Tuesday, August 07, 2012
Wednesday, December 28, 2005
Saturday, September 24, 2005
Here is the last of the kayak spam
I have finished the blog and thats the end of this
Hope you-all have enjoyed the stories
till the next adventure
Yahoo! Mail - PC Magazine Editors' Choice 2005
Wednesday, September 21, 2005
Mary Lou took the 8:30 am ferry to Bella Bella where the airport was. I was strange to be sitting on the dock by myself and watching her go away. I have just had four days with her and I don’t think I could not of finished the trip without her.
As I kayaked along the shore an old motorboat pulled out from a house on the water. The elderly lady gave me a wave and took off. The boat suddenly turned to the right and started to do a high speed U-turn right back at the house and shore. The lady Ripple, quickly stopped her motor and I paddled over to her. It turns out that Ripple’s steering cable had broken and she was stranded. She was calling for help on her radio but she was afraid that she would be on the rocks before help could arrive. I offered to tow her back to her dock, she looked quite skeptical at me in the kayak as she tossed me the rope. I was able to tow her back to her dock but she was mortified that the neighbor had come out to see her being towed by a tourist in a kayak. We all had a good laugh and I headed on my way.
Another nice camp on Pidwell Beach in Milbanke Sound, on the south side of Swindle Island. For company I have 47 Gulls on the shoreline and a Raven that seems to have no fear of me. As I watch him walk across the sand just 10 feet in front of me crooning a song to me I just happen to look over my shoulder to see Raven 2 with its head in my food bag. Well, I figured that if they were that smart that they could have whatever they got of my camp food.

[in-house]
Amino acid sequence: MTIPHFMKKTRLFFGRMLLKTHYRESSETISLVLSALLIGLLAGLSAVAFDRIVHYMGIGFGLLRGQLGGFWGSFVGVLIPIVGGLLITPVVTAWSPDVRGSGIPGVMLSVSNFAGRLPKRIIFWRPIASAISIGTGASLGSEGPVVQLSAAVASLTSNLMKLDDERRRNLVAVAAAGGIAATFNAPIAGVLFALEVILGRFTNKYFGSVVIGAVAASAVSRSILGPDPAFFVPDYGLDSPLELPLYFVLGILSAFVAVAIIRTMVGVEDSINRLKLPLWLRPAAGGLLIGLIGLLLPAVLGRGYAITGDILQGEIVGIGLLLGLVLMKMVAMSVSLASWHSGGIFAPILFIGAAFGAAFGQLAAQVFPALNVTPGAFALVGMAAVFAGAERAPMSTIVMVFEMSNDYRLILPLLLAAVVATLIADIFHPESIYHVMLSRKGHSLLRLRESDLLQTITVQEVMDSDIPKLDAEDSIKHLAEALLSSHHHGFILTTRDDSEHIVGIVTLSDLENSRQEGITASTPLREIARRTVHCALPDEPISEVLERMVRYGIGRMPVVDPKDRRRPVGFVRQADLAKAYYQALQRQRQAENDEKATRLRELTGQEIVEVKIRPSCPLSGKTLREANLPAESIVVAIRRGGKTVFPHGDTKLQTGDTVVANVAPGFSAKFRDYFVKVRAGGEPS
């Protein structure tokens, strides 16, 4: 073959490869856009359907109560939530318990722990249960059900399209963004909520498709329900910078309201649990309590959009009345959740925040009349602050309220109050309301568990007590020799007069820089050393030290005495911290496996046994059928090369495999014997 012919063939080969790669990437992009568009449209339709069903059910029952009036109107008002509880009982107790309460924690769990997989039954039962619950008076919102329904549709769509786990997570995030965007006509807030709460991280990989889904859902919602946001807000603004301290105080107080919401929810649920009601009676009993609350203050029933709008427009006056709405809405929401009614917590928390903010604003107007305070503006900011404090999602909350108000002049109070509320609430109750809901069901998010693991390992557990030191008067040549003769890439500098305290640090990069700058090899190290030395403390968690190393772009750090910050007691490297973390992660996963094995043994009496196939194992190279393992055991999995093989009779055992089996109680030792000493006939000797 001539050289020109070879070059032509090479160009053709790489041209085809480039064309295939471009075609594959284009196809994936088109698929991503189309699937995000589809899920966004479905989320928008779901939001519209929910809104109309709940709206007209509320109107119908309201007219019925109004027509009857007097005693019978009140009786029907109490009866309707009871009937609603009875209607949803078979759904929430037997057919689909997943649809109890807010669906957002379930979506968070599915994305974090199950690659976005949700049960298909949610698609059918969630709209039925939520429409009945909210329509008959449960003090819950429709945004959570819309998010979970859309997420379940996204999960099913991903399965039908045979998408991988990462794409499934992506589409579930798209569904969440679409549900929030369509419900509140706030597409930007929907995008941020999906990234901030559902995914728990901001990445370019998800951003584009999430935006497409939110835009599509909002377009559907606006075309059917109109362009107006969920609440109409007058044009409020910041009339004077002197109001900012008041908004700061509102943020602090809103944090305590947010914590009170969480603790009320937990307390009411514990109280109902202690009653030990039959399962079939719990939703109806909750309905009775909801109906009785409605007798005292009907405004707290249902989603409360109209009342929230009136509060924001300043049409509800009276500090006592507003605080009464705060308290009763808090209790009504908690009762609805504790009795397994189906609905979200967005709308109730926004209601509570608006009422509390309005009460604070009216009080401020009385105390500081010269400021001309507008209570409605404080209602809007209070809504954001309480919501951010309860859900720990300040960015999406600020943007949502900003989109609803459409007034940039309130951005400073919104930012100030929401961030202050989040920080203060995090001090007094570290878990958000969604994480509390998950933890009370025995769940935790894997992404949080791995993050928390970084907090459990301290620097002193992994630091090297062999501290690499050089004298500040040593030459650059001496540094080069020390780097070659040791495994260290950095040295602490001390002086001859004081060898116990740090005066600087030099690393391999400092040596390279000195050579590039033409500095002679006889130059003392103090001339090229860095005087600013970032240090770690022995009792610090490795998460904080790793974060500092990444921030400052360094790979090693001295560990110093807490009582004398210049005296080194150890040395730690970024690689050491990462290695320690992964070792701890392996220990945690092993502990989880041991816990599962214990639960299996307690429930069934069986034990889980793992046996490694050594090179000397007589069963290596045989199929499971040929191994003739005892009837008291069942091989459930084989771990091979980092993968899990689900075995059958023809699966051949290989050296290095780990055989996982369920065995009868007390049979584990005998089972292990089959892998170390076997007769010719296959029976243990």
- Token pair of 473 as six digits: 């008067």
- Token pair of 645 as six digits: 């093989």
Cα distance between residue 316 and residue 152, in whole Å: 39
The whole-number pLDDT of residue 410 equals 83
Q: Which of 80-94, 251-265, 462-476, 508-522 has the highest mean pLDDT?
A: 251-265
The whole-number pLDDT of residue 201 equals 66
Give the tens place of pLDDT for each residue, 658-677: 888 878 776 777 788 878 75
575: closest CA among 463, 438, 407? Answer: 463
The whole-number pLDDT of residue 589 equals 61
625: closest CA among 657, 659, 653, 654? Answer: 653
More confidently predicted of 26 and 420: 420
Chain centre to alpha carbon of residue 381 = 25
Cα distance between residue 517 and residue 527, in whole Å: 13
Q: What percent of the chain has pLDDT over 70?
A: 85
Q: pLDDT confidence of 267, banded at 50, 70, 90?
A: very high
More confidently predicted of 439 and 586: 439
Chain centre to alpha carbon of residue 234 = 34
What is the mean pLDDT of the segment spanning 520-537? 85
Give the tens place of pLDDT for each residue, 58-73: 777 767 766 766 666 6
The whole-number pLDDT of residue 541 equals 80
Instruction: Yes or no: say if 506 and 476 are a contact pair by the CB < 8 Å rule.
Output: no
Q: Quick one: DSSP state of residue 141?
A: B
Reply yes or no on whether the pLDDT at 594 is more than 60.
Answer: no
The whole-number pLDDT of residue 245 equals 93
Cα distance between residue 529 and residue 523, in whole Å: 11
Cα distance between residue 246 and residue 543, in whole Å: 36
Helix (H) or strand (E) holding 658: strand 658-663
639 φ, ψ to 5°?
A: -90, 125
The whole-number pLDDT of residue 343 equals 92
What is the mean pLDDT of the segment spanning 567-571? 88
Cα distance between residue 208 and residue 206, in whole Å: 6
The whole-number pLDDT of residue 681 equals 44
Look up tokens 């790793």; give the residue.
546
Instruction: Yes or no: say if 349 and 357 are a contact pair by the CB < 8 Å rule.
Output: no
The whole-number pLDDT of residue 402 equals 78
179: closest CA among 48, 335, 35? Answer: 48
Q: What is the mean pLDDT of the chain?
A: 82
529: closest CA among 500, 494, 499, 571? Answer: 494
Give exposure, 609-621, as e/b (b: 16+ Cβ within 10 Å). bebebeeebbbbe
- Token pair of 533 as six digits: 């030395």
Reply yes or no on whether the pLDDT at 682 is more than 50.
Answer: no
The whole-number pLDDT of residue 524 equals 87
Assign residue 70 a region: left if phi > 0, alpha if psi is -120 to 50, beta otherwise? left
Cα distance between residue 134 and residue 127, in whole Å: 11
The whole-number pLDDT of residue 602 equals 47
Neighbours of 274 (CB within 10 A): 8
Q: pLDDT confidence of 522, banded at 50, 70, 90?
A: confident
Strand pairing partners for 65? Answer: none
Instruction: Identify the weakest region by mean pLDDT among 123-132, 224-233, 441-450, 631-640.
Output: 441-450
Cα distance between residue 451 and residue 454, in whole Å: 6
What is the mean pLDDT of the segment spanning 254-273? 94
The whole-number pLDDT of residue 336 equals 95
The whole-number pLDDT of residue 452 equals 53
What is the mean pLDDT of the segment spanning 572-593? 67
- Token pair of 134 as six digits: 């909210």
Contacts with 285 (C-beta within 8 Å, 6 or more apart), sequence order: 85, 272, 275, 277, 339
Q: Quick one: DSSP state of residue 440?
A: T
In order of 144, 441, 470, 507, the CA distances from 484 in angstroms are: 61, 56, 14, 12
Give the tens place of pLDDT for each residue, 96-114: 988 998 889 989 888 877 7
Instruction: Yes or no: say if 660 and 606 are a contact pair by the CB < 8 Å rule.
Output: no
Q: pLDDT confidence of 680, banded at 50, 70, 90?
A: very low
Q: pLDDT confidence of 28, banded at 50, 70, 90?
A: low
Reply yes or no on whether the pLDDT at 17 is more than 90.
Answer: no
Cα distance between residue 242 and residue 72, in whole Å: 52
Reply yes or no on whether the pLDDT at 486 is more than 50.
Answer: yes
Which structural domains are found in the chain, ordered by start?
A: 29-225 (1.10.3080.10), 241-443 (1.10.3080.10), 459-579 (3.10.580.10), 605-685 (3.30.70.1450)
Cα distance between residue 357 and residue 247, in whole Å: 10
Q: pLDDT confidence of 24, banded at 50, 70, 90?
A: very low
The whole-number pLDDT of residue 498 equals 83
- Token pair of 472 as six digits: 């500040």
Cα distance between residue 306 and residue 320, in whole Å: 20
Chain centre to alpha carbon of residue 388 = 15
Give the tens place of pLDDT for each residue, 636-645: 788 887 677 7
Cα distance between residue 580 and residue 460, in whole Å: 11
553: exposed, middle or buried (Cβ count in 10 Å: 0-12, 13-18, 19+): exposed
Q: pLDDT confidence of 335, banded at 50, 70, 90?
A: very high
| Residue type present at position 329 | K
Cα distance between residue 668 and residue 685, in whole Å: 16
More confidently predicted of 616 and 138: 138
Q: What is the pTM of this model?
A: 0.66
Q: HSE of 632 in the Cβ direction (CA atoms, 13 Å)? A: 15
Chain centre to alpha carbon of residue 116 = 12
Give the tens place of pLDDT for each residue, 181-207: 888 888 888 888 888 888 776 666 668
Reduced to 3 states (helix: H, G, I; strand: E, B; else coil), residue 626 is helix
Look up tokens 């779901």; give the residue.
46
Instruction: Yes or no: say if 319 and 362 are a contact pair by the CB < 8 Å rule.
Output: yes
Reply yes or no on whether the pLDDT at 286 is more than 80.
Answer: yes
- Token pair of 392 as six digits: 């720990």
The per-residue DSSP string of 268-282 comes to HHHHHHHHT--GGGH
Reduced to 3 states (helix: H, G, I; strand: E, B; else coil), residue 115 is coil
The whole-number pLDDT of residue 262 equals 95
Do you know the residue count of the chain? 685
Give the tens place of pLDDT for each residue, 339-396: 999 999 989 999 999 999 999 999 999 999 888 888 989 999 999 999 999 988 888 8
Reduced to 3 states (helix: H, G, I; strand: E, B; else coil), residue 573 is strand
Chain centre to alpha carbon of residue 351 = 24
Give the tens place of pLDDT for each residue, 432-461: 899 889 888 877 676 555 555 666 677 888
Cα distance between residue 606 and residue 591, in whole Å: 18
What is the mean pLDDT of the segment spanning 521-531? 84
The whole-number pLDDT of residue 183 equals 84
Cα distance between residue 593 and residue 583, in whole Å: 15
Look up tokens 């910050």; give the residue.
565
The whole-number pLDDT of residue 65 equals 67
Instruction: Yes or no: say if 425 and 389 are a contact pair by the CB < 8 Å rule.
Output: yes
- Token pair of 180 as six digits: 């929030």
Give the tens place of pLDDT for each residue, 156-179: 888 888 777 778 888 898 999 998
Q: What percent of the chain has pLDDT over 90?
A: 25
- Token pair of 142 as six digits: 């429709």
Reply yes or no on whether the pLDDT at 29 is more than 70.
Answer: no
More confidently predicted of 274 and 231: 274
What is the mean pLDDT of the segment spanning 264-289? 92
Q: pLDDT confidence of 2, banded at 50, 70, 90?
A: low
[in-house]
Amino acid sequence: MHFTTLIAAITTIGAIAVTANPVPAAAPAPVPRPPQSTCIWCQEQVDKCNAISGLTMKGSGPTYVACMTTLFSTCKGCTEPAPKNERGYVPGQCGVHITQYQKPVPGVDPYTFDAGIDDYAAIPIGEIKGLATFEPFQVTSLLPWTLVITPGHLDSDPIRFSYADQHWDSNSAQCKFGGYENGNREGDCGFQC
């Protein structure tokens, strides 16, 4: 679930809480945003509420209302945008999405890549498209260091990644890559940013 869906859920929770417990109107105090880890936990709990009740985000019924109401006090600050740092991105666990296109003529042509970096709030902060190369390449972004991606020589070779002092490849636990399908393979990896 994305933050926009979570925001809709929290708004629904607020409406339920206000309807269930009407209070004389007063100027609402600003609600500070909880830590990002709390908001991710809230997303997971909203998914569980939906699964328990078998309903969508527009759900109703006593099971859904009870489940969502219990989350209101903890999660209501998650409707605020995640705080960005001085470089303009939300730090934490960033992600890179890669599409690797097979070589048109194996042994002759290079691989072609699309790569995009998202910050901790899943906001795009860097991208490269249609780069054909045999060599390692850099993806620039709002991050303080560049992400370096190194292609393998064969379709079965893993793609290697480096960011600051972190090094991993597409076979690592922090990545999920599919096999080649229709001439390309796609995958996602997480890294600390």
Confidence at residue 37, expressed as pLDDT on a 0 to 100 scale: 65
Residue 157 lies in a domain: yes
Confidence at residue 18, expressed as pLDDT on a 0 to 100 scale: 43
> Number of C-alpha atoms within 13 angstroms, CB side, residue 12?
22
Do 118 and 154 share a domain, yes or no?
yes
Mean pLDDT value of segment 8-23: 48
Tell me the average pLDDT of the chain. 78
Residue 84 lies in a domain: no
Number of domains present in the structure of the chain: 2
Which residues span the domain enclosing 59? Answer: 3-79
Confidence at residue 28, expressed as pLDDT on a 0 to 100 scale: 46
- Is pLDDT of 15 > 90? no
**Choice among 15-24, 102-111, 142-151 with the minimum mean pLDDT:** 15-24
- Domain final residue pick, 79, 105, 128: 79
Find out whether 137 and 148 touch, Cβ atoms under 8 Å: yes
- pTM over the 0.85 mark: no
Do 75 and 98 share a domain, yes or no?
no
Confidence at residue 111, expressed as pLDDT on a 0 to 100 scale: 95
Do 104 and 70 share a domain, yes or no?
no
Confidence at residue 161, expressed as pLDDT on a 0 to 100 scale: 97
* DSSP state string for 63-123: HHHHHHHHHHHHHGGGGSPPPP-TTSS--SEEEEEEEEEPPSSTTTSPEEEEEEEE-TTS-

I kayak into Klemtu, a small native village. It is amazing the difference between Bella Bella and Klemtu. As I walked down the dock everyone smiled and said hello, I ended up talking to a local fisherman for 40 minutes. As I walked around town taking pictures of Totems everyone waved or greeted me. Ended up meeting Roy who teaches woodworking at the school and does some carving as well. Roy and I talked carving for over and hour and went to see his Totem at the Gas Dock.
I met Frankie the Fisherman on the dock, he was from further up the coast, a village called Port Simpson. There were about 20 commercial fishing boats tied up to the dock. It turns out that the fishing season had been closed for the last week and the Government was to broadcast at 2 pm if it was to open again. It turns out most of the fishermen were from port Simpson and if the fishing season was going to stay closed that they were going to go home. I was up on the hill near the Big House, kind of a native community hall when I saw many of the fishing boats heading North up the Fraser Reach. It was just past 2 pm and I guess the Government had bad news. It must be hard to make a life fishing, never knowing if there will be enough fish to even open the season and pay for even the fuel of the trip.
From Klemtu I go North and camp on Sarah Island.
RAIN from the Southeast
I was reading Kwakiutl Ethnography by Franz Boas and there was an interesting part on the weather
“When you make war on the Southeast Wind and Rain because it never becomes calm, as soon as you start…..The Northwest wind shall come and blow against the Southeast Wind and it will blow one day; then it will be calm for four days.”